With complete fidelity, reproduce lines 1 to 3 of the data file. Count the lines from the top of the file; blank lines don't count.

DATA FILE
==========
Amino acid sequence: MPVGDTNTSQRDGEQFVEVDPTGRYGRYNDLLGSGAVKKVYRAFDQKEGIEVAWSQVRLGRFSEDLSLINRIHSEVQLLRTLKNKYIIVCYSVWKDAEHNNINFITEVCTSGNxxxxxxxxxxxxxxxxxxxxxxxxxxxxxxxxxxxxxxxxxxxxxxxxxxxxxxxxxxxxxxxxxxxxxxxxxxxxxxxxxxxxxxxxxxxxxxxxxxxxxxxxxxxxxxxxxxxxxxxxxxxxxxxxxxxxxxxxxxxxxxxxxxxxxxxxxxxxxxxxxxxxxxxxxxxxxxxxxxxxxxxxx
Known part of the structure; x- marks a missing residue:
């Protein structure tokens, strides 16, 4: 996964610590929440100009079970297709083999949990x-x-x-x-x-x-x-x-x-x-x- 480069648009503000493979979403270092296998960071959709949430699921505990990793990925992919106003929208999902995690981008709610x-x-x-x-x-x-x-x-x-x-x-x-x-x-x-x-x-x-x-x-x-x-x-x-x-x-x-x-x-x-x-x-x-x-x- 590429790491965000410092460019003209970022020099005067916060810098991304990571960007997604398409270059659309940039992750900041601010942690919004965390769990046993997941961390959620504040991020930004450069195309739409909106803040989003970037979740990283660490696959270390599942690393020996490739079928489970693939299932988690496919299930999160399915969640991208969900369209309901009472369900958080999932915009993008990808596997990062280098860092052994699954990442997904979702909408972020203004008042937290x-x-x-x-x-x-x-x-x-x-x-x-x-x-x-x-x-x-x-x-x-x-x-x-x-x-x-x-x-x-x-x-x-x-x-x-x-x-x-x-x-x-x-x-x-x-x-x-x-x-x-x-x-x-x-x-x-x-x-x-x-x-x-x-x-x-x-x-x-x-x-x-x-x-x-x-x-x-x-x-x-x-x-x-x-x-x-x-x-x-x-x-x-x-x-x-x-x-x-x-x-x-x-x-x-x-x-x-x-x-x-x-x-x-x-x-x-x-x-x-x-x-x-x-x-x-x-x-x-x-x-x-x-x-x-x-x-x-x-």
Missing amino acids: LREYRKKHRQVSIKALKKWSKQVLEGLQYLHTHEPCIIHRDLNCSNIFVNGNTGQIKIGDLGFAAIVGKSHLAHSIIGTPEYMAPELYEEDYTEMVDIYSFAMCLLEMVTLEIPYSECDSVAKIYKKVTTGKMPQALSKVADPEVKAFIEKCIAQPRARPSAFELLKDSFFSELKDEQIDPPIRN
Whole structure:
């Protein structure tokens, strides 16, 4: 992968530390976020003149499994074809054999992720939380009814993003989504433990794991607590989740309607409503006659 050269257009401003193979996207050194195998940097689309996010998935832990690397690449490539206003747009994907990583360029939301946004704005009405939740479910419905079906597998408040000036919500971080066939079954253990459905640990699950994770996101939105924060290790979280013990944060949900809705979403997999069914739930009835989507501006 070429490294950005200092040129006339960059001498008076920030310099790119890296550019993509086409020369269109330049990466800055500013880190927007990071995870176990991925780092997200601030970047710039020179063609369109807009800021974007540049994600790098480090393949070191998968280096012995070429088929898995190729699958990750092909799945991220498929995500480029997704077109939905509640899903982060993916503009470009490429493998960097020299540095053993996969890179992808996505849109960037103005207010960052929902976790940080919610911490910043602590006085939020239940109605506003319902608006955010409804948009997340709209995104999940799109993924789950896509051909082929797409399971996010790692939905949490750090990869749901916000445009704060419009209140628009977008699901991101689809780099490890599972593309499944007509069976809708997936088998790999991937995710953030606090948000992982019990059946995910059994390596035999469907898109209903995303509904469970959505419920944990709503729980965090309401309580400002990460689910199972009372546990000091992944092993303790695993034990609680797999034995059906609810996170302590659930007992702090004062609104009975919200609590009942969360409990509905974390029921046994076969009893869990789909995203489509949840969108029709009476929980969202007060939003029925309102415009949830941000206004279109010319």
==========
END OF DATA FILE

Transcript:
Amino acid sequence: MPVGDTNTSQRDGEQFVEVDPTGRYGRYNDLLGSGAVKKVYRAFDQKEGIEVAWSQVRLGRFSEDLSLINRIHSEVQLLRTLKNKYIIVCYSVWKDAEHNNINFITEVCTSGNxxxxxxxxxxxxxxxxxxxxxxxxxxxxxxxxxxxxxxxxxxxxxxxxxxxxxxxxxxxxxxxxxxxxxxxxxxxxxxxxxxxxxxxxxxxxxxxxxxxxxxxxxxxxxxxxxxxxxxxxxxxxxxxxxxxxxxxxxxxxxxxxxxxxxxxxxxxxxxxxxxxxxxxxxxxxxxxxxxxxxxxxx
Known part of the structure; x- marks a missing residue:
């Protein structure tokens, strides 16, 4: 996964610590929440100009079970297709083999949990x-x-x-x-x-x-x-x-x-x-x- 480069648009503000493979979403270092296998960071959709949430699921505990990793990925992919106003929208999902995690981008709610x-x-x-x-x-x-x-x-x-x-x-x-x-x-x-x-x-x-x-x-x-x-x-x-x-x-x-x-x-x-x-x-x-x-x- 590429790491965000410092460019003209970022020099005067916060810098991304990571960007997604398409270059659309940039992750900041601010942690919004965390769990046993997941961390959620504040991020930004450069195309739409909106803040989003970037979740990283660490696959270390599942690393020996490739079928489970693939299932988690496919299930999160399915969640991208969900369209309901009472369900958080999932915009993008990808596997990062280098860092052994699954990442997904979702909408972020203004008042937290x-x-x-x-x-x-x-x-x-x-x-x-x-x-x-x-x-x-x-x-x-x-x-x-x-x-x-x-x-x-x-x-x-x-x-x-x-x-x-x-x-x-x-x-x-x-x-x-x-x-x-x-x-x-x-x-x-x-x-x-x-x-x-x-x-x-x-x-x-x-x-x-x-x-x-x-x-x-x-x-x-x-x-x-x-x-x-x-x-x-x-x-x-x-x-x-x-x-x-x-x-x-x-x-x-x-x-x-x-x-x-x-x-x-x-x-x-x-x-x-x-x-x-x-x-x-x-x-x-x-x-x-x-x-x-x-x-x-x-």